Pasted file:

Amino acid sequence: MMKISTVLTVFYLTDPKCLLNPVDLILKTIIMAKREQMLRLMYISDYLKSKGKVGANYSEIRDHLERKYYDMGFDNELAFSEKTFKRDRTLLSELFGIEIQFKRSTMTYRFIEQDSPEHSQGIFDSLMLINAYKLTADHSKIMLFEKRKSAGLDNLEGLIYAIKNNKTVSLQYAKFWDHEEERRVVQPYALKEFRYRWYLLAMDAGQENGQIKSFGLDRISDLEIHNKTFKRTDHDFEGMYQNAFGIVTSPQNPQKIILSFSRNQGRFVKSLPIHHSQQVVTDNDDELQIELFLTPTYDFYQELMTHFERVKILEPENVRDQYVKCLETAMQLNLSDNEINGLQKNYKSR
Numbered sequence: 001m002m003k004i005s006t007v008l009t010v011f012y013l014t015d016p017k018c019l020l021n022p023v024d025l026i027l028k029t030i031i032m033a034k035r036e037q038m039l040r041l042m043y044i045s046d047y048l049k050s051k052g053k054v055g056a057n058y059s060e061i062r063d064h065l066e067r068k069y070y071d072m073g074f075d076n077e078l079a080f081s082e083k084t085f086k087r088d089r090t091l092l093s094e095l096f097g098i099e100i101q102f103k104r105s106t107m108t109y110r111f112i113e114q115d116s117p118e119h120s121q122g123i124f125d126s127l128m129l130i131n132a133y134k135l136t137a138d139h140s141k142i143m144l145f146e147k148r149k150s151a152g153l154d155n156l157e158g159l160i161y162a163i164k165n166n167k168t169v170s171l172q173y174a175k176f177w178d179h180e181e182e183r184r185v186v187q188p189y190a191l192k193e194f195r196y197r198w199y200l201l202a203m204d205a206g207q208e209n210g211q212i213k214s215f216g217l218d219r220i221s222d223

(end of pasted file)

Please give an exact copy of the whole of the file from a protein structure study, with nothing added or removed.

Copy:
Amino acid sequence: MMKISTVLTVFYLTDPKCLLNPVDLILKTIIMAKREQMLRLMYISDYLKSKGKVGANYSEIRDHLERKYYDMGFDNELAFSEKTFKRDRTLLSELFGIEIQFKRSTMTYRFIEQDSPEHSQGIFDSLMLINAYKLTADHSKIMLFEKRKSAGLDNLEGLIYAIKNNKTVSLQYAKFWDHEEERRVVQPYALKEFRYRWYLLAMDAGQENGQIKSFGLDRISDLEIHNKTFKRTDHDFEGMYQNAFGIVTSPQNPQKIILSFSRNQGRFVKSLPIHHSQQVVTDNDDELQIELFLTPTYDFYQELMTHFERVKILEPENVRDQYVKCLETAMQLNLSDNEINGLQKNYKSR
Numbered sequence: 001m002m003k004i005s006t007v008l009t010v011f012y013l014t015d016p017k018c019l020l021n022p023v024d025l026i027l028k029t030i031i032m033a034k035r036e037q038m039l040r041l042m043y044i045s046d047y048l049k050s051k052g053k054v055g056a057n058y059s060e061i062r063d064h065l066e067r068k069y070y071d072m073g074f075d076n077e078l079a080f081s082e083k084t085f086k087r088d089r090t091l092l093s094e095l096f097g098i099e100i101q102f103k104r105s106t107m108t109y110r111f112i113e114q115d116s117p118e119h120s121q122g123i124f125d126s127l128m129l130i131n132a133y134k135l136t137a138d139h140s141k142i143m144l145f146e147k148r149k150s151a152g153l154d155n156l157e158g159l160i161y162a163i164k165n166n167k168t169v170s171l172q173y174a175k176f177w178d179h180e181e182e183r184r185v186v187q188p189y190a191l192k193e194f195r196y197r198w199y200l201l202a203m204d205a206g207q208e209n210g211q212i213k214s215f216g217l218d219r220i221s222d223